believed in toughening them up and in Dury's
case, it seems to have worked although perhaps
not in the way intended.



Thirty years later, the UK was in the throes
of punk culture and Dury was at the forefront.
In 1979, his unique blend of punk aesthetics
and English music hall traditions
led to a number
one single called "Hit Me With Your Rhythm Stick".
Concerts with his band the Blockheads were
staggering popular events at home and in Europe.

He thought the Year of the Disabled was patronizing
and ‘crashingly insensitive’. His response was to
write a song  against the naivety and arrogance
of well-meaning liberals that would speak to his
life as a disabled person and with any luck, be
banned from the airwaves
.

The song was banned by the BBC and other UK stations.
The
chief executive of the Spastics Society, expressed
the fear that it would "strengthen people's mistaken
or wrong images about disability and spastic people
in particular
".









Dury felt it was "it was the second best song"
he'd ever written.















Spasticus Autisticus

by Ian Dury and Chaz Jankel

I'm spasticus, I'm spasticus
I'm spasticus autisticus
I'm spasticus, I'm spasticus
I'm spasticus autisticus
I'm spasticus, I'm spasticus
I'm spasticus autisticus

I wibble when I piddle
Cos my middle is a riddle

I'm spasticus, I'm spasticus
I'm spasticus autisticus
I'm spasticus, I'm spasticus
I'm spasticus autisticus
I'm spasticus, I'm spasticus
I'm spasticus autisticus






I dribble when I nibble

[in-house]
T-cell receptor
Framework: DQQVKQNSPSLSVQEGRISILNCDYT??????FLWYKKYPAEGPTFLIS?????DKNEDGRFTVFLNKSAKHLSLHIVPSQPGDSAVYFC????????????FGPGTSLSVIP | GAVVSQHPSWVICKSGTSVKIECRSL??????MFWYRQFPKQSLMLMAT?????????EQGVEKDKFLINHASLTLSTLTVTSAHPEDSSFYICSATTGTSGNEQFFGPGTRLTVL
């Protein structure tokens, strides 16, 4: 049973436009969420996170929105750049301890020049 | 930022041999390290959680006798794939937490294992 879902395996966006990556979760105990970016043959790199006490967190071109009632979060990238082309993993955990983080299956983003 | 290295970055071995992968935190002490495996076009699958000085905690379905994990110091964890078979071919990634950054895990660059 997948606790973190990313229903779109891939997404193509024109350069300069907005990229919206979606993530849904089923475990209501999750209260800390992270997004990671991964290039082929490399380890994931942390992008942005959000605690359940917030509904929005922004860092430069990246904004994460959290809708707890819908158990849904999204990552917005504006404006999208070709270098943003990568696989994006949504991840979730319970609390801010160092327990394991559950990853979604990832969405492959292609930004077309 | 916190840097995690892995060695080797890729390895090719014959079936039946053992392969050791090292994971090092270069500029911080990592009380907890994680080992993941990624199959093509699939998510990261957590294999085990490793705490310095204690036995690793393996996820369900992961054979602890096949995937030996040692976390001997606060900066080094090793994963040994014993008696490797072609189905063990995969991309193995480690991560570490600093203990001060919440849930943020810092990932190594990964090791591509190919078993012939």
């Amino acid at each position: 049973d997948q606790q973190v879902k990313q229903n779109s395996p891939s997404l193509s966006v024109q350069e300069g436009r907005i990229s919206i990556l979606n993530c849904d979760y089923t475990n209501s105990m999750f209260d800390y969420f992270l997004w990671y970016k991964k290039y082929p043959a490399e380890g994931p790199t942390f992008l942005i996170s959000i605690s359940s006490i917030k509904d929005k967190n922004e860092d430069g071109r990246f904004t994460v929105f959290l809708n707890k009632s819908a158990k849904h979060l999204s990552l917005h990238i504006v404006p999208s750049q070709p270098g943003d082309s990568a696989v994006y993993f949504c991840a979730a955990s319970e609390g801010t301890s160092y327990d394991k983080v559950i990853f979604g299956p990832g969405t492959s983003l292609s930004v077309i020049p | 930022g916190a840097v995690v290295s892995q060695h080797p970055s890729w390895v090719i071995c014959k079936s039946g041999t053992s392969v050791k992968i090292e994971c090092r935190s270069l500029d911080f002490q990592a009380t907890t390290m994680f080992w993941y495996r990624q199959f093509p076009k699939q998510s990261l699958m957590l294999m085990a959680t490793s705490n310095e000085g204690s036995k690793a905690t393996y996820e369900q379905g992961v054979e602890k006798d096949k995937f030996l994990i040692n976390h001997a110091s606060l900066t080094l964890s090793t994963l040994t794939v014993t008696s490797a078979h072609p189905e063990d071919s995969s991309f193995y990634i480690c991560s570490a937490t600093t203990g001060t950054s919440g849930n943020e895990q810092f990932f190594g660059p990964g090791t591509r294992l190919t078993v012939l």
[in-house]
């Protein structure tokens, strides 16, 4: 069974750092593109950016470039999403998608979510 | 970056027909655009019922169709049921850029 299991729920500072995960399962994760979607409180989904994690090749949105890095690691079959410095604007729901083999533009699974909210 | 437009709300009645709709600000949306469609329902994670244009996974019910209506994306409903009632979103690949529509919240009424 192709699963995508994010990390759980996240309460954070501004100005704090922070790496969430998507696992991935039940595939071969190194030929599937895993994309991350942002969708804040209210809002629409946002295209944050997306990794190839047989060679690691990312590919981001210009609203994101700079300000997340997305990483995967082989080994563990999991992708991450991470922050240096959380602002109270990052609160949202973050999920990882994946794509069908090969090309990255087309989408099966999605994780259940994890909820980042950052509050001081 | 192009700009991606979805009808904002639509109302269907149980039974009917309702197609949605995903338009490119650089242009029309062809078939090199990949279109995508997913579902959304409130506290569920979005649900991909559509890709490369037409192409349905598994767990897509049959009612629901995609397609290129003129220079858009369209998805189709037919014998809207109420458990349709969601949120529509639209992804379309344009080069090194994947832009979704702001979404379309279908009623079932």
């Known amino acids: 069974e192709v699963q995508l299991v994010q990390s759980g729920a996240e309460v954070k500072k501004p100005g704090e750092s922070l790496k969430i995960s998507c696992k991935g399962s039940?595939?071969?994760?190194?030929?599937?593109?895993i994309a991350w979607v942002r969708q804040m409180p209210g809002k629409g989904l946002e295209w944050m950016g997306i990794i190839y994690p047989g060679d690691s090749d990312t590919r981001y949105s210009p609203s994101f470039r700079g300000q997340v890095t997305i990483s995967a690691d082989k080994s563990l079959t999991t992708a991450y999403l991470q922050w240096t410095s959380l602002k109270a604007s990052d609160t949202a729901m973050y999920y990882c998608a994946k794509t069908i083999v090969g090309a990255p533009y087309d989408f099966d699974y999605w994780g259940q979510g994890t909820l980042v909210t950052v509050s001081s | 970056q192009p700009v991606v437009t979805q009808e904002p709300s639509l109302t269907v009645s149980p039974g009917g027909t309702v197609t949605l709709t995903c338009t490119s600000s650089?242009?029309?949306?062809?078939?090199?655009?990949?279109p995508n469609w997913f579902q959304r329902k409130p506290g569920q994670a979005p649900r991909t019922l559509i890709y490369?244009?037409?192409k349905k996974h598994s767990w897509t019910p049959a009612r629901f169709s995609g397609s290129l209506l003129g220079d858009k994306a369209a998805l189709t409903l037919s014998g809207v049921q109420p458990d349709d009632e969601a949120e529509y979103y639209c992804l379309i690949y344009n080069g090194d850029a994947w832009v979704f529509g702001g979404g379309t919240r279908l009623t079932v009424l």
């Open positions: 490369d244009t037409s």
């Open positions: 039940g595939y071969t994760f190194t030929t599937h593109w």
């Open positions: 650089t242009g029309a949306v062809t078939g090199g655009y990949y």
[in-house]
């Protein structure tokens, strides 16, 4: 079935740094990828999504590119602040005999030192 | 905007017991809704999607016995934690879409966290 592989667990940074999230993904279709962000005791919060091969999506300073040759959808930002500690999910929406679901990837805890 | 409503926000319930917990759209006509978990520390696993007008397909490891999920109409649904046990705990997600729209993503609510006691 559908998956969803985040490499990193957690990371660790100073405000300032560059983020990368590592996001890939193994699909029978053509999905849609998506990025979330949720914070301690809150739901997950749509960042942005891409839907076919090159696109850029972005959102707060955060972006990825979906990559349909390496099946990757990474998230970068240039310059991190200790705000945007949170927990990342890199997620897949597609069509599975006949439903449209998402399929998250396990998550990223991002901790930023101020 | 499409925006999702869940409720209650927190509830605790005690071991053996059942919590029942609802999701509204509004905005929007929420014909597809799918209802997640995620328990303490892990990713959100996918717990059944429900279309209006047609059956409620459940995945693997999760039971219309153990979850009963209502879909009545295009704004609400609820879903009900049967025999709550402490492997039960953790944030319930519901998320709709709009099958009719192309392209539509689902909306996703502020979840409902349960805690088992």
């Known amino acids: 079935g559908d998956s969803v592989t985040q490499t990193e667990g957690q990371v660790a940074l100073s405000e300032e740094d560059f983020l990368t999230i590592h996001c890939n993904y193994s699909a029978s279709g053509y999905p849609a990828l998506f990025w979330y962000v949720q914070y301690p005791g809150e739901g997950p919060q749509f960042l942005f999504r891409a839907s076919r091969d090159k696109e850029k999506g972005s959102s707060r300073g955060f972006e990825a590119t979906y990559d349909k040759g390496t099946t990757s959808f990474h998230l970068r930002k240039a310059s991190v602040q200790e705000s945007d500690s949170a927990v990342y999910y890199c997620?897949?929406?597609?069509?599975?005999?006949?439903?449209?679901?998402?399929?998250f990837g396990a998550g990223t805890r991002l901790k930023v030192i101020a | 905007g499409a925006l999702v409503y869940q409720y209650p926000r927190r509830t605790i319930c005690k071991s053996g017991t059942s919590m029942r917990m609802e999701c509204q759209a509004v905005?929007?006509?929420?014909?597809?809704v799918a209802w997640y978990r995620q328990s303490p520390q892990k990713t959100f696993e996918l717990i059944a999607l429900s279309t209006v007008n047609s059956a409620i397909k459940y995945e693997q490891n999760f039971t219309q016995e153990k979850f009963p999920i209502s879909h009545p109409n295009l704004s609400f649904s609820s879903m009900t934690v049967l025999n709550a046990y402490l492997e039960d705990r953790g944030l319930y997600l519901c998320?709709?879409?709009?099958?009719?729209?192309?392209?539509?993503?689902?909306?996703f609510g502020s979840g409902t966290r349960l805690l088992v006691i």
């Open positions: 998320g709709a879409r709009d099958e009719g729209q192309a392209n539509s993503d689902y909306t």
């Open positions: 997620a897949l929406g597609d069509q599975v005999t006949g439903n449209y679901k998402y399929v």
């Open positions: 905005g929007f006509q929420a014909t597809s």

And I quibble when I scribble

Hello to you out there in Normal Land
You may not comprehend my tale
or understand
As I crawl past your window give me
lucky looks
You can be my body but you'll never
read my books

I'm spasticus, I'm spasticus
I'm spasticus autisticus
I'm spasticus, I'm spasticus
I'm spasticus autisticus
I'm spasticus, I'm spasticus
I'm spasticus autisticus









I'm knobbled on the cobbles
Cos I hobble when I wobble
Swim!

So place your hard-earned peanuts
in my tin
And thank the Creator you're not
in the state I'm in
So long have I been languished
on the shelf
I must give all proceedings
to myself

I'm spasticus, I'm spasticus
I'm spasticus autisticus
I'm spasticus, I'm spasticus
I'm spasticus autisticus
I'm spasticus, I'm spasticus
I'm spasticus autisticus























54 appliances in leather and elastic
100 000 thank yous from 27 spastics

Spasticus, spasticus
Spasticus autisticus
Spasticus, spasticus
Spasticus autisticus
Spasticus, spasticus
Spasticus autisticus

Widdling, griddling, skittling,
diddling, fiddling, diddling,
widdling, diddling spasticus

I'm spasticus, spasticus
Spasticus autisticus
Spasticus, spasticus
Spasticus autisticus
Spasticus, spasticus
Spasticus autisticus

Spasticus, spasticus
Spasticus autisticus



I'm spasticus!
I'm spasticus!
I'm spasticus!
I'm spasticus!
I'm spasticus!
I'm spasticus!
I'm spasticus!
Spasticus!

More than 30 years later, there came a moment
of curious redemption for Ian Dury and his song....













... when it was used to open the summer
games in London.
Behind Stephen Hawking,
the dance act Orbital started a mash-up of
his voice, which lead the Graeae Theatre Company
of disabled performers into singing "Spasticus
Autisticus" to the thousands of people in the
stadium and millions watching on television
around the world.




‘Spasticus Autisticus’: The day the BBC banned Ian Dury

Paralympics 2012: Ian Dury's Spasticus Autisticus was electrifying


The song once banned by the BBC was superbly reclaimed at the Paralympic opening ceremony.

Terence Blacker: 'Spasticus' and the crime of condescension